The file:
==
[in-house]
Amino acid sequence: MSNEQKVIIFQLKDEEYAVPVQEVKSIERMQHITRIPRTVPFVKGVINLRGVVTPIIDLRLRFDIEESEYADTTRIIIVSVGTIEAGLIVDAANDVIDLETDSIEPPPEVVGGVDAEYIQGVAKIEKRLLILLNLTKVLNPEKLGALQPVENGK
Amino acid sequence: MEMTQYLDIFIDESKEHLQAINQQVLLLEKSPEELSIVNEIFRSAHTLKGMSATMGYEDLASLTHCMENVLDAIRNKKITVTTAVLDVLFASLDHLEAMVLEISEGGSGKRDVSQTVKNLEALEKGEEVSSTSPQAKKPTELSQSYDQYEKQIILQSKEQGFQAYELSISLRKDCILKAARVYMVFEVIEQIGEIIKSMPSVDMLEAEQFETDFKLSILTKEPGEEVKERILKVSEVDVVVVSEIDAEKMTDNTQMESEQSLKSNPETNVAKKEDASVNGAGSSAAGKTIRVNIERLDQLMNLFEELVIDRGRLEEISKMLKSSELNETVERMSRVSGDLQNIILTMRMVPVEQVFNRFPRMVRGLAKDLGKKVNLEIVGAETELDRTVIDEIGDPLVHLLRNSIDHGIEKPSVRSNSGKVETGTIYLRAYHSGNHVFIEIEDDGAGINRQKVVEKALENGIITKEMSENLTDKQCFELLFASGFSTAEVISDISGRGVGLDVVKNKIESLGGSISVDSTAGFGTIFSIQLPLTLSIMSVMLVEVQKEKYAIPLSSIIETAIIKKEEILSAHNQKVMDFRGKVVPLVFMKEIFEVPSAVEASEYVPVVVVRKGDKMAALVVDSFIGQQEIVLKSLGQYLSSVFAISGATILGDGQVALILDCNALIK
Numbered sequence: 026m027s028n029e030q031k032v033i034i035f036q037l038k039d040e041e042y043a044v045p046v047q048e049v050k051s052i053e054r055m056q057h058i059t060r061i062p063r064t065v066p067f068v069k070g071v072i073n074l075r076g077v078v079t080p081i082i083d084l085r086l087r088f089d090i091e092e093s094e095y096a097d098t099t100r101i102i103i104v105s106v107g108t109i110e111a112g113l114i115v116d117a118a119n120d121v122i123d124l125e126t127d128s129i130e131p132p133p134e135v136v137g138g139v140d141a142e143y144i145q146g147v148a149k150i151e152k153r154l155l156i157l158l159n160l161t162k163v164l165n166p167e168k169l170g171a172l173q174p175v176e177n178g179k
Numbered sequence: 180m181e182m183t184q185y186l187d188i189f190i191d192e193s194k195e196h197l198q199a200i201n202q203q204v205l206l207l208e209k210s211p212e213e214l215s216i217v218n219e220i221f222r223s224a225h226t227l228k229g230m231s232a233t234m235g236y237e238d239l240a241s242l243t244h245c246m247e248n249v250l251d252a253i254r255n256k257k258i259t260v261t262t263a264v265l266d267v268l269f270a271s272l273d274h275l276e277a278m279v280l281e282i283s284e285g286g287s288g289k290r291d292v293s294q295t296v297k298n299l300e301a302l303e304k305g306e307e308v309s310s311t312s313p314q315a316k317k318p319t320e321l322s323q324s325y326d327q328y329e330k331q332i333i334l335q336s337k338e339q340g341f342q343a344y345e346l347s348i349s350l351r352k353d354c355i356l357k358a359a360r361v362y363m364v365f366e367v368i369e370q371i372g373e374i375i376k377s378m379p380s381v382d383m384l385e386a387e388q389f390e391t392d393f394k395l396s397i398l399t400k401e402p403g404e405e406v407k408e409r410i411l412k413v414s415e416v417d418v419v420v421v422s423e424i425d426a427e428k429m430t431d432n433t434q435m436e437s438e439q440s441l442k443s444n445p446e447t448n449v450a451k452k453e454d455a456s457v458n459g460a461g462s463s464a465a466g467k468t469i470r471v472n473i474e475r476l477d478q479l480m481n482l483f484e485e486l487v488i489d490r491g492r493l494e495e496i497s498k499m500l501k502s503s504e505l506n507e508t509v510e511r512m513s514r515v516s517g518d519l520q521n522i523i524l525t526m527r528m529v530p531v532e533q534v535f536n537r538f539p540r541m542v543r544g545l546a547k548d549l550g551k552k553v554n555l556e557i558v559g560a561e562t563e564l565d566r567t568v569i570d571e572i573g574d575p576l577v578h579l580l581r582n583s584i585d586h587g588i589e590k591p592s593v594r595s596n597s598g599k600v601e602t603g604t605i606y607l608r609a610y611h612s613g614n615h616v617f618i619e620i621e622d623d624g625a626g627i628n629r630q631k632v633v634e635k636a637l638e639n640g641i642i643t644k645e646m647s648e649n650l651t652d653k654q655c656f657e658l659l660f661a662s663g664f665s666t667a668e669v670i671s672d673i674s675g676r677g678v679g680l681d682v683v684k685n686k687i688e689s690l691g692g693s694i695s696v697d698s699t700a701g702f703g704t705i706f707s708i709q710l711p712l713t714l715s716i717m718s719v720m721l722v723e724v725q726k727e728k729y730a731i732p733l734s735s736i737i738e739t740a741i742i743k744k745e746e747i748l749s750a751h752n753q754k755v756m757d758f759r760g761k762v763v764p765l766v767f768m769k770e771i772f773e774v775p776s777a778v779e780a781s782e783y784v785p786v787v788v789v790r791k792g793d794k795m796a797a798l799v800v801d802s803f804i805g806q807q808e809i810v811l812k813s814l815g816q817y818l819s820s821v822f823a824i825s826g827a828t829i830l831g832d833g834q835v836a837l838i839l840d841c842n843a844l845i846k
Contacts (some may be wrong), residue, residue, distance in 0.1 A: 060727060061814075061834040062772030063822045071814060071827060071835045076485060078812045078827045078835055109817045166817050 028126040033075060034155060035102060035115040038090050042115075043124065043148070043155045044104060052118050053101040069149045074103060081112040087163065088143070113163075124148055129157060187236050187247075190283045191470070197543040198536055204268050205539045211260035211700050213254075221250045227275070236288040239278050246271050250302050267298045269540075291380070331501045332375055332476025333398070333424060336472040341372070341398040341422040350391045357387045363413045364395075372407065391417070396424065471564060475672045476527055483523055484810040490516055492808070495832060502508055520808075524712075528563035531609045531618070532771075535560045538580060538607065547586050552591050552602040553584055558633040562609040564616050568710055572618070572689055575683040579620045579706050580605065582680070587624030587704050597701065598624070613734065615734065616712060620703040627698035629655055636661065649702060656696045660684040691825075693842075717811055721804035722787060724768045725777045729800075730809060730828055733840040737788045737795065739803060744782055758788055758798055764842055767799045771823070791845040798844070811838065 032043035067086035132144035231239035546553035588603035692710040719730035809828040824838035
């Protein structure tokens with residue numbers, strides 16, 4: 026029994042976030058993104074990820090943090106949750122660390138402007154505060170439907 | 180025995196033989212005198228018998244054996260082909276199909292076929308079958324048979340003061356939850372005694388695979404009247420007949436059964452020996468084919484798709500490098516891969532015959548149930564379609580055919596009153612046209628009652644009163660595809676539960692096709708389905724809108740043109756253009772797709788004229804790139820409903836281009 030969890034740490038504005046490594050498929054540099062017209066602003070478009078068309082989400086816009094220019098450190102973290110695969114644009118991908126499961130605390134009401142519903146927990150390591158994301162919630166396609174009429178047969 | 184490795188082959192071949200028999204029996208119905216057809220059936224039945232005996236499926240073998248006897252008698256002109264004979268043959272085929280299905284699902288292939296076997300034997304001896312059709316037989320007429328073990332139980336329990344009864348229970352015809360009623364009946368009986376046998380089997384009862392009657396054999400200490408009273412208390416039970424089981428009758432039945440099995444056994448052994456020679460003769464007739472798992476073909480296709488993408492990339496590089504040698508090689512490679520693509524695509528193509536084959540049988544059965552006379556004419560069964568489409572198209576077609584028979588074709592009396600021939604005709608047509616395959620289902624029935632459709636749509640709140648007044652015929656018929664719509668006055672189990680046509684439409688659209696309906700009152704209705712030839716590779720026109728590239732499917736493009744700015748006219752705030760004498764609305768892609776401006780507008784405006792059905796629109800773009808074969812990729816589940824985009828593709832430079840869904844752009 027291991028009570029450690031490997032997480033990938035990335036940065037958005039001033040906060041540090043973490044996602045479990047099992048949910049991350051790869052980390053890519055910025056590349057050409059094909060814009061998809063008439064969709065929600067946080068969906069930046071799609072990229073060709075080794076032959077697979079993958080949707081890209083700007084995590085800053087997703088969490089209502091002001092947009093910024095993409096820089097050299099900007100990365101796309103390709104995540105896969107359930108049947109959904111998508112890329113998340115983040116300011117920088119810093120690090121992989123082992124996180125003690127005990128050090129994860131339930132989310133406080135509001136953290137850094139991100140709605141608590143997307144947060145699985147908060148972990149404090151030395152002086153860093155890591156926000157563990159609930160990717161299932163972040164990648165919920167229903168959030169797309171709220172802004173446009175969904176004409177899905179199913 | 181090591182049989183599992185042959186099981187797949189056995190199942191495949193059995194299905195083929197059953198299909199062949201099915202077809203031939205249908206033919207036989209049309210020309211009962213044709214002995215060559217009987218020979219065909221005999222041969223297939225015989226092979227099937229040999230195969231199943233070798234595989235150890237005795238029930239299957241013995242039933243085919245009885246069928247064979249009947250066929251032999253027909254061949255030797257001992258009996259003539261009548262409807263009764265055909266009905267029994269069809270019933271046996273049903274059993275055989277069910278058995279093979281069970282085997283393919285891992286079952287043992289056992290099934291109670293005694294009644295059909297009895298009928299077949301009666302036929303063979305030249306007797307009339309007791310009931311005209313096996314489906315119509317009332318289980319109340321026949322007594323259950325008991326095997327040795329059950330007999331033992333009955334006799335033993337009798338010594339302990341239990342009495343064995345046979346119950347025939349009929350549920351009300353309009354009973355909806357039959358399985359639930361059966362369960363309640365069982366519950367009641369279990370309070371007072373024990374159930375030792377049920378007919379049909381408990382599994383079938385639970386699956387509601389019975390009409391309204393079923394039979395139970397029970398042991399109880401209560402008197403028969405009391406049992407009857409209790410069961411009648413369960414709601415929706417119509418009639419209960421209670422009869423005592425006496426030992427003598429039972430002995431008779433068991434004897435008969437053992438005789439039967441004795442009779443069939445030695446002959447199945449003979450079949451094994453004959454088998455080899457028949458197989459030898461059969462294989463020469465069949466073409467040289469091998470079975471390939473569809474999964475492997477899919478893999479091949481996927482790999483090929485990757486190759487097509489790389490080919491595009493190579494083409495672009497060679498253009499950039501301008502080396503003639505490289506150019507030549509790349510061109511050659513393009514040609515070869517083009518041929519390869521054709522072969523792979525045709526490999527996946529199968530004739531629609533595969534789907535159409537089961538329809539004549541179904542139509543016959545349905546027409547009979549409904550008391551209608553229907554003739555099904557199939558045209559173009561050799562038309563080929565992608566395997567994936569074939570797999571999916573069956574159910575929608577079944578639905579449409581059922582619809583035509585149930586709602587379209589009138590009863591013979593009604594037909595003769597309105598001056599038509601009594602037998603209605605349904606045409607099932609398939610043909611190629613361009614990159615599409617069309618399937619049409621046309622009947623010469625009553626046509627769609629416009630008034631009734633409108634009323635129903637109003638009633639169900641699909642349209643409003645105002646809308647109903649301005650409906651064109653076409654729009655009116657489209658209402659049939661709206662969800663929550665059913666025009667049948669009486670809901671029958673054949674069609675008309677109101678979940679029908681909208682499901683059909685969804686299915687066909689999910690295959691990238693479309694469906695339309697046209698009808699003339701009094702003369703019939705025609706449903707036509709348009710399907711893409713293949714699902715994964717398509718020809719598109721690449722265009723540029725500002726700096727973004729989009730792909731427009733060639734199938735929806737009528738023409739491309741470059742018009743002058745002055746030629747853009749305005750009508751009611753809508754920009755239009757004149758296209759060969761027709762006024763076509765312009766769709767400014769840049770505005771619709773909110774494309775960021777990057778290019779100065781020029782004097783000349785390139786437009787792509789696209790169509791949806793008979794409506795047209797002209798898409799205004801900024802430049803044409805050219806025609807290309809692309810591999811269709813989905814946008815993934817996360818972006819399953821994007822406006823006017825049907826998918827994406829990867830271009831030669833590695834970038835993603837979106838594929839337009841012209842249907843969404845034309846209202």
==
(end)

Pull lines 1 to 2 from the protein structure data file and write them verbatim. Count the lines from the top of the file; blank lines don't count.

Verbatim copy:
[in-house]
Amino acid sequence: MSNEQKVIIFQLKDEEYAVPVQEVKSIERMQHITRIPRTVPFVKGVINLRGVVTPIIDLRLRFDIEESEYADTTRIIIVSVGTIEAGLIVDAANDVIDLETDSIEPPPEVVGGVDAEYIQGVAKIEKRLLILLNLTKVLNPEKLGALQPVENGK